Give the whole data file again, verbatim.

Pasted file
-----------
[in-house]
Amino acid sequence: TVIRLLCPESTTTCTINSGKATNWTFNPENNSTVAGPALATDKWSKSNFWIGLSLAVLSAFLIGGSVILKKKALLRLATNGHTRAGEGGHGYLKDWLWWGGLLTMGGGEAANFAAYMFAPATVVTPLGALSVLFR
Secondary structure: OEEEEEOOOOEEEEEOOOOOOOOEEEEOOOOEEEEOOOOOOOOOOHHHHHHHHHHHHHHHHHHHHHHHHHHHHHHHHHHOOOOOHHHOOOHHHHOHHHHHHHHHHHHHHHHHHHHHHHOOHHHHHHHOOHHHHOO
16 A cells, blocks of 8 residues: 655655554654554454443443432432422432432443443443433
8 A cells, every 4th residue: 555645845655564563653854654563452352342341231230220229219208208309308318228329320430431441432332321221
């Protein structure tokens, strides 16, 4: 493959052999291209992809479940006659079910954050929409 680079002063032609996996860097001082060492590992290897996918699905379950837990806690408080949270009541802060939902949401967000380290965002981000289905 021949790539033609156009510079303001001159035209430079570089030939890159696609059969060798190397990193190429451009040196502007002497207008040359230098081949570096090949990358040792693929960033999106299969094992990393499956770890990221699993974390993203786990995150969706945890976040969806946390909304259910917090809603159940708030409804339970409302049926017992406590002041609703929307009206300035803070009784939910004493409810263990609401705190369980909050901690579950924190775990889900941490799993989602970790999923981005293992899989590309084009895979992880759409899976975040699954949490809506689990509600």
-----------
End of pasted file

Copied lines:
[in-house]
Amino acid sequence: TVIRLLCPESTTTCTINSGKATNWTFNPENNSTVAGPALATDKWSKSNFWIGLSLAVLSAFLIGGSVILKKKALLRLATNGHTRAGEGGHGYLKDWLWWGGLLTMGGGEAANFAAYMFAPATVVTPLGALSVLFR
Secondary structure: OEEEEEOOOOEEEEEOOOOOOOOEEEEOOOOEEEEOOOOOOOOOOHHHHHHHHHHHHHHHHHHHHHHHHHHHHHHHHHHOOOOOHHHOOOHHHHOHHHHHHHHHHHHHHHHHHHHHHHOOHHHHHHHOOHHHHOO
16 A cells, blocks of 8 residues: 655655554654554454443443432432422432432443443443433
8 A cells, every 4th residue: 555645845655564563653854654563452352342341231230220229219208208309308318228329320430431441432332321221
């Protein structure tokens, strides 16, 4: 493959052999291209992809479940006659079910954050929409 680079002063032609996996860097001082060492590992290897996918699905379950837990806690408080949270009541802060939902949401967000380290965002981000289905 021949790539033609156009510079303001001159035209430079570089030939890159696609059969060798190397990193190429451009040196502007002497207008040359230098081949570096090949990358040792693929960033999106299969094992990393499956770890990221699993974390993203786990995150969706945890976040969806946390909304259910917090809603159940708030409804339970409302049926017992406590002041609703929307009206300035803070009784939910004493409810263990609401705190369980909050901690579950924190775990889900941490799993989602970790999923981005293992899989590309084009895979992880759409899976975040699954949490809506689990509600």